International Educators, Education Leaders to Meet in London for Annual Symposium
NEW YORK, October 26, 2016 – Educators and education leaders from around the world will convene in London next week for the annual three-day symposium of the Global Cities Education Network (GCEN), an initiative of the Center for Global Education at Asia Society.
GCEN is an international learning community of city school systems in Asia and North America. Participating cities include Denver, Hangzhou, Hiroshima, Houston, Lexington, Melbourne, Seattle, Shanghai, Singapore, and Toronto.
GCEN works to build strong school systems by supporting education leaders in understanding effective policy and practice and considering practical applications. The network recently published the results of an external evaluation of its work and impact in a report titled, “Innovation and Change: Lessons from the Global Cities Education Network.”
This year's symposium is the first to be held outside one of the participating GCEN cities, and will be conducted in partnership with UCL Institute of Education (IOE). “Working with colleagues globally allows for an open dialogue, and London is a leader in supporting peer-to-peer learning with dramatic improvement in the academic performance of their students over time," said Asia Society’s Vice President of Education and Center for Global Education Director Tony Jackson. "We are eager to both share as well as learn from their successes and challenges.”
The focus of the London symposium is to:
- Understand the policy and practice interventions and implementation in London that have driven effective changes over time.
- Understand improvement taking root in London and across GCEN including school-led and self-improving systems.
- Consider practical applications to the GCEN cities.
“I’m delighted that the UCL Institute of Education (IOE) is partnering the Global Cities Education Network to hold their London symposium, which will bring together educators from around the world," said Professor Becky Francis, Director of the IOE. "As a world leading institution for teacher education and research, the issues promoted by the GCEN on building school systems and supporting education leaders are central to much of the work carried out at the IOE. The symposium has a focus on policy and interventions that have been effective in London – we are particularly well-placed to lead the discussion on this.”
A number of significant speakers and advisors have joined the GCEN cities on their exploration in London, including headteachers Vanessa Ogden, Rachel Macfarlane, and Peter Hyman; Steve Munby, CEO of Education Development Trust; Sir Kevan Collins of Education Endowment Foundation; and Jon Coles, Chief Executive of United Learning.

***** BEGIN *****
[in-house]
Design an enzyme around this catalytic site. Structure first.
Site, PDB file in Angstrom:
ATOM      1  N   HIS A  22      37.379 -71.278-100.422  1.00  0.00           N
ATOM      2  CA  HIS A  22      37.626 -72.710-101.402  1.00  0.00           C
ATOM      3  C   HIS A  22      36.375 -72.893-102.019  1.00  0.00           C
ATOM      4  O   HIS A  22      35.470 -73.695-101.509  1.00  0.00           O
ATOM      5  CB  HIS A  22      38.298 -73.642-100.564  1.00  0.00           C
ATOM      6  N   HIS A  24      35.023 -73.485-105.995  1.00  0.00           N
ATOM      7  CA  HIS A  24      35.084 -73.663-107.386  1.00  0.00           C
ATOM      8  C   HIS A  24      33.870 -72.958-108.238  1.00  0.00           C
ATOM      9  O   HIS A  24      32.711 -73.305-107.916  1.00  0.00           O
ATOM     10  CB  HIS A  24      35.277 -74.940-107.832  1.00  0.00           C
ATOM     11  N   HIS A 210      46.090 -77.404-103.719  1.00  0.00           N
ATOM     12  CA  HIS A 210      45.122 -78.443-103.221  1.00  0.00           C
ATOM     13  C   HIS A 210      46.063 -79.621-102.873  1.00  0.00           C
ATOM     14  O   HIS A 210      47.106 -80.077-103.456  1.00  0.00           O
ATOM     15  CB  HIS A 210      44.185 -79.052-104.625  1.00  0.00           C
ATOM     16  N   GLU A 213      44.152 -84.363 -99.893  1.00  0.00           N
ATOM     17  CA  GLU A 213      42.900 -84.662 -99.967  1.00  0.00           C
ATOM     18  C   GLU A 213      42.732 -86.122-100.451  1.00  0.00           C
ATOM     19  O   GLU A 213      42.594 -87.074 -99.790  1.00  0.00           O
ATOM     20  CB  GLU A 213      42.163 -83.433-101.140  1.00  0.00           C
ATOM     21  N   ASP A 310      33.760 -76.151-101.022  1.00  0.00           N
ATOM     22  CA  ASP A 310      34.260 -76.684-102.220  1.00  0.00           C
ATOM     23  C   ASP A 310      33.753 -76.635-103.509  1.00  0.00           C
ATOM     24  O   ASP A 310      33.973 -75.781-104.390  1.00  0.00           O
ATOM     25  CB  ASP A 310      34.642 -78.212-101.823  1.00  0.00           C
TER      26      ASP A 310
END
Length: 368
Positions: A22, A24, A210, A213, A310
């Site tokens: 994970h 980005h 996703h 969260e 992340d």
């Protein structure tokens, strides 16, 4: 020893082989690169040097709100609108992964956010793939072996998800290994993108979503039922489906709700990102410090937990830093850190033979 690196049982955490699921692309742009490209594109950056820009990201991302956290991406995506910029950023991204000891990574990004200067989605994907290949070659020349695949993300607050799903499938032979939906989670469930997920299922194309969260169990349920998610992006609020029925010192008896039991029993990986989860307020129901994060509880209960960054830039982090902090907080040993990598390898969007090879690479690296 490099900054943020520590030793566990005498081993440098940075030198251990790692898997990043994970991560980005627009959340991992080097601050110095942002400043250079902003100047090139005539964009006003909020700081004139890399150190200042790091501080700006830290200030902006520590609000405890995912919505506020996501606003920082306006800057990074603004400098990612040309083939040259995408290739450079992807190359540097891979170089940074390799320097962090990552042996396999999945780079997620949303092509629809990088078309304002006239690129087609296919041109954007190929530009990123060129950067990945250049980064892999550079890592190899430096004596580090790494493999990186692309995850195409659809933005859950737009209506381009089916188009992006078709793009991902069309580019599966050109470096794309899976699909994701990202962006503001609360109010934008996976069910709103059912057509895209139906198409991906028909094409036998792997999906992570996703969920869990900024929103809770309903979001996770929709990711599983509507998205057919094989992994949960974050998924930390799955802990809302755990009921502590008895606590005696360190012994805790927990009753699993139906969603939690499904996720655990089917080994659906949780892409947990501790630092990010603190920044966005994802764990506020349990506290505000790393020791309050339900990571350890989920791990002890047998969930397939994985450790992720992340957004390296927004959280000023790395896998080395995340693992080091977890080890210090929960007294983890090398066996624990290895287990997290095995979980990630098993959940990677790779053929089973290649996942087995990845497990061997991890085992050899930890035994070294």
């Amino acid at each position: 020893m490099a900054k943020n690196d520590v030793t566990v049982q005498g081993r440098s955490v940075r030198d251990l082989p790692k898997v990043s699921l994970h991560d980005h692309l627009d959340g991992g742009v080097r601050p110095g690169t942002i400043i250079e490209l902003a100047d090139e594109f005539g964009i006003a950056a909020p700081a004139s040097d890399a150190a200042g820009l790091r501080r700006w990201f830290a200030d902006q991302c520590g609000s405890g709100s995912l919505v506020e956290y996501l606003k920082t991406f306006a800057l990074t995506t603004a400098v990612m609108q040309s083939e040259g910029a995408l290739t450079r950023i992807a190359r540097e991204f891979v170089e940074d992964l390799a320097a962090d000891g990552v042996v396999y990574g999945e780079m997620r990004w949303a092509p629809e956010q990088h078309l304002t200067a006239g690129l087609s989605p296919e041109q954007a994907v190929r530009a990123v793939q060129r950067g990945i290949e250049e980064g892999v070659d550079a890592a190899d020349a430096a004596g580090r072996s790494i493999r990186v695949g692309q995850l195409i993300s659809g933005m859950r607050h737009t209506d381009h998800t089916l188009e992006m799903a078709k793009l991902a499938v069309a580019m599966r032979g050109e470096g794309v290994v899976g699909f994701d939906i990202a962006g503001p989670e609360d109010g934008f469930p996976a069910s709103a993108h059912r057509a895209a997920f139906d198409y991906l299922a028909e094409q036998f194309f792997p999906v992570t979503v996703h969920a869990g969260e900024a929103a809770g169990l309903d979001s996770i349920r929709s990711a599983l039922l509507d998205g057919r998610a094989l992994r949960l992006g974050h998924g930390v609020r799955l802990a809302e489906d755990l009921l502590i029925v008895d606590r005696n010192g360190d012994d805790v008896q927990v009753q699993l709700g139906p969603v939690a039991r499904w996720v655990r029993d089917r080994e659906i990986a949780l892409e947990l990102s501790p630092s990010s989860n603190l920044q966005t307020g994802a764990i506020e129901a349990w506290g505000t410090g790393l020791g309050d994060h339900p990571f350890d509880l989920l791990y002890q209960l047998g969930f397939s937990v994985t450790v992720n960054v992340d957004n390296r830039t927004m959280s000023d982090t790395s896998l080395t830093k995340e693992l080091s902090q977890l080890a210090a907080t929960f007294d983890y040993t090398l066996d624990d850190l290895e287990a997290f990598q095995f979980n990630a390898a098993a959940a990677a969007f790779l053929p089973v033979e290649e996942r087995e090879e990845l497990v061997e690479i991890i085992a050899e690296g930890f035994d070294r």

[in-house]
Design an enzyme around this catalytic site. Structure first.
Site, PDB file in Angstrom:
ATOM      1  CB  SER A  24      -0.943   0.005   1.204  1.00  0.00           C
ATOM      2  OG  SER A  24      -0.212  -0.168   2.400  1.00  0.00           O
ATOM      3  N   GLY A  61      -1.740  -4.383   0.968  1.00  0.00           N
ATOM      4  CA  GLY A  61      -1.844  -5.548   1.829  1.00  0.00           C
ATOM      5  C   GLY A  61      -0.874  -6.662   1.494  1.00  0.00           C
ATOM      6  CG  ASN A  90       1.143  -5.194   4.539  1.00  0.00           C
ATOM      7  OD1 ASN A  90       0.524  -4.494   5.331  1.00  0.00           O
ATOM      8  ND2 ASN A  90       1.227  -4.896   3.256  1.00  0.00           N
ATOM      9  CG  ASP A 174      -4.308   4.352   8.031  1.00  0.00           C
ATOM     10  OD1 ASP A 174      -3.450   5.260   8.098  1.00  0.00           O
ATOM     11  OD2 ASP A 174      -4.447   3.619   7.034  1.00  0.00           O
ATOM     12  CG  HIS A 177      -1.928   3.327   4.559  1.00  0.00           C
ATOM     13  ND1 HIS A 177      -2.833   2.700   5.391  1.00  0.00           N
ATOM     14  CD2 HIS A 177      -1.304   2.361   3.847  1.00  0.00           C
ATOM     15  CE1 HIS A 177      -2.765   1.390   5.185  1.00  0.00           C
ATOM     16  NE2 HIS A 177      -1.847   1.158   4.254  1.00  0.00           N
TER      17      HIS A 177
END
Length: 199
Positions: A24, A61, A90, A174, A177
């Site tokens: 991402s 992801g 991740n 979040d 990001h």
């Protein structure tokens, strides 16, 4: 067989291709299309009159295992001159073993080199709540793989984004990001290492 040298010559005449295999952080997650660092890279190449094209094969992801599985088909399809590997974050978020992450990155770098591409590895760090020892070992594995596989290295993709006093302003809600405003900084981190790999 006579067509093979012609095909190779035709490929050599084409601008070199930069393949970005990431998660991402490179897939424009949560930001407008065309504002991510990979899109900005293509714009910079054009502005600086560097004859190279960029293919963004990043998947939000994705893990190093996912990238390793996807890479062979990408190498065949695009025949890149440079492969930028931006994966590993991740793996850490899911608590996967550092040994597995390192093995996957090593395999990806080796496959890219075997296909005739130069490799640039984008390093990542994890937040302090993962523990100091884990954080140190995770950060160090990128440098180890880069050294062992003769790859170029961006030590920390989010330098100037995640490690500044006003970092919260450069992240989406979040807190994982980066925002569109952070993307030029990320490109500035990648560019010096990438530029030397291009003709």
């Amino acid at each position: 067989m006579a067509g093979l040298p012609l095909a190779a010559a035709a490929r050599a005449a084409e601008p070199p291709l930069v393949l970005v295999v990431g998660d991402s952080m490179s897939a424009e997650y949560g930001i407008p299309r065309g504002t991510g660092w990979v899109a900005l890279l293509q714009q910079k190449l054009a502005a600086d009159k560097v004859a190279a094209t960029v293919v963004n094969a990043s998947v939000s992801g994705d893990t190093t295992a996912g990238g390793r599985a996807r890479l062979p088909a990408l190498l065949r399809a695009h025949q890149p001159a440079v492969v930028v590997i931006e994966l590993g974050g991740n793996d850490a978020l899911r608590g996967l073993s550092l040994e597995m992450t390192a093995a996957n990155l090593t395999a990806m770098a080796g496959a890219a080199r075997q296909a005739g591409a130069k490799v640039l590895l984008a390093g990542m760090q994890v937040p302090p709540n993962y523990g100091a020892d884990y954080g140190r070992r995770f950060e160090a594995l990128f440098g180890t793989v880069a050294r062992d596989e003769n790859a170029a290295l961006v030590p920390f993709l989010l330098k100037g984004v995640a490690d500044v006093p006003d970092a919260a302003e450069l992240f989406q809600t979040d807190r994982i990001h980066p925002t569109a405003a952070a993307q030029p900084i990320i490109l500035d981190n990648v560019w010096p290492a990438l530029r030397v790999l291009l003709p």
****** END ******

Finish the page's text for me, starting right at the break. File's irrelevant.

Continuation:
In concert with the symposium, GCEN is also offering a public forum on November 1, hosted by the UCL Institute of Education. The forum will focus on 21st century skills in a global context and feature education experts from around the world who will explore two big questions:
- How do education systems, teachers, and parents prepare youth to understand and make critical choices in this fluid and complex world?
- What is the responsibility of cities, leaders, and partners in this endeavor?
Speakers at the forum will include: Tony Jackson, Center for Global Education at Asia Society; Toby Greany, UCL Institute of Education; Tony Mackay, Center for Strategic Education, Australia (panel moderator); Justine Greening, Secretary of State for Education, UK (invited); Valerie Hannon, Innovation Unit, United Kingdom; Cindy Khoo, Singapore Ministry of Education; Amy McIntosh, U.S. Department of Education; Andreas Schleicher, Director for the Directorate of Education and Skills, OECD; and Minxuan Zhang, Center of International Education Study, Shanghai.
“We are excited to be welcoming leaders from around the world to UCL IOE and to London," said Toby Greany, Professor of Leadership and Innovation at the IOE’s London Centre for Leadership and Learning (LCLL). "Schools in the capital have been transformed over the past 15 years, arguably becoming England’s highest performing region, partly thanks to the pioneering new models of school to school support and challenge that have been developed here. UCL IOE has played a significant role in London’s journey, working collaboratively with schools to develop teachers, leaders and wider approaches to reform, and we are proud to be working with the Asia Society and with London schools to host this important international learning event.”